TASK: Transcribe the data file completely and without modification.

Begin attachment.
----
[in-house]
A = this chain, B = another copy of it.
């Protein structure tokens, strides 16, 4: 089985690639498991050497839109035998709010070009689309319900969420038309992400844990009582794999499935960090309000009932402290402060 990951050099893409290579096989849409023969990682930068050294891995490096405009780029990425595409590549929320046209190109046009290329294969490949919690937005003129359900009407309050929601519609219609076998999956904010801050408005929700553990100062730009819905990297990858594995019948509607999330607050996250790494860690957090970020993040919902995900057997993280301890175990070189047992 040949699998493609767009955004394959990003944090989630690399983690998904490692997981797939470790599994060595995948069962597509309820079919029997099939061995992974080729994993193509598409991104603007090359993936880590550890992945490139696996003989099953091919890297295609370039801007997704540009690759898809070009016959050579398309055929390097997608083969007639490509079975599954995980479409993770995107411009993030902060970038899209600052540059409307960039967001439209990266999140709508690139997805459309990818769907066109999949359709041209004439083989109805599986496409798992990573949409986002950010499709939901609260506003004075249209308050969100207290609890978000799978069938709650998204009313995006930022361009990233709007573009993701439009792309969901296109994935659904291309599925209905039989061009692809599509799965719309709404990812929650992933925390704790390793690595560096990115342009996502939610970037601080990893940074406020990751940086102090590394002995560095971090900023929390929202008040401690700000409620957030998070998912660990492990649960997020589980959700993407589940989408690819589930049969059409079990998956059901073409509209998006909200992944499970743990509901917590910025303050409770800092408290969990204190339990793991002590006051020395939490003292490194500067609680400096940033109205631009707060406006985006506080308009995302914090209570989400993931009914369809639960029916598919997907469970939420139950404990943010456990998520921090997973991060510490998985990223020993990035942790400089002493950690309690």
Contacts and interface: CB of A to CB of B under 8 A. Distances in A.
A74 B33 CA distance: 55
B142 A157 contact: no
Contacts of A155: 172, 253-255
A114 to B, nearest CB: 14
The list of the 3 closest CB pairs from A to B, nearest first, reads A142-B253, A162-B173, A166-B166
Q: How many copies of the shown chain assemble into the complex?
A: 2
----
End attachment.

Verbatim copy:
[in-house]
A = this chain, B = another copy of it.
């Protein structure tokens, strides 16, 4: 089985690639498991050497839109035998709010070009689309319900969420038309992400844990009582794999499935960090309000009932402290402060 990951050099893409290579096989849409023969990682930068050294891995490096405009780029990425595409590549929320046209190109046009290329294969490949919690937005003129359900009407309050929601519609219609076998999956904010801050408005929700553990100062730009819905990297990858594995019948509607999330607050996250790494860690957090970020993040919902995900057997993280301890175990070189047992 040949699998493609767009955004394959990003944090989630690399983690998904490692997981797939470790599994060595995948069962597509309820079919029997099939061995992974080729994993193509598409991104603007090359993936880590550890992945490139696996003989099953091919890297295609370039801007997704540009690759898809070009016959050579398309055929390097997608083969007639490509079975599954995980479409993770995107411009993030902060970038899209600052540059409307960039967001439209990266999140709508690139997805459309990818769907066109999949359709041209004439083989109805599986496409798992990573949409986002950010499709939901609260506003004075249209308050969100207290609890978000799978069938709650998204009313995006930022361009990233709007573009993701439009792309969901296109994935659904291309599925209905039989061009692809599509799965719309709404990812929650992933925390704790390793690595560096990115342009996502939610970037601080990893940074406020990751940086102090590394002995560095971090900023929390929202008040401690700000409620957030998070998912660990492990649960997020589980959700993407589940989408690819589930049969059409079990998956059901073409509209998006909200992944499970743990509901917590910025303050409770800092408290969990204190339990793991002590006051020395939490003292490194500067609680400096940033109205631009707060406006985006506080308009995302914090209570989400993931009914369809639960029916598919997907469970939420139950404990943010456990998520921090997973991060510490998985990223020993990035942790400089002493950690309690």
Contacts and interface: CB of A to CB of B under 8 A. Distances in A.
A74 B33 CA distance: 55
B142 A157 contact: no
Contacts of A155: 172, 253-255
A114 to B, nearest CB: 14
The list of the 3 closest CB pairs from A to B, nearest first, reads A142-B253, A162-B173, A166-B166
Q: How many copies of the shown chain assemble into the complex?
A: 2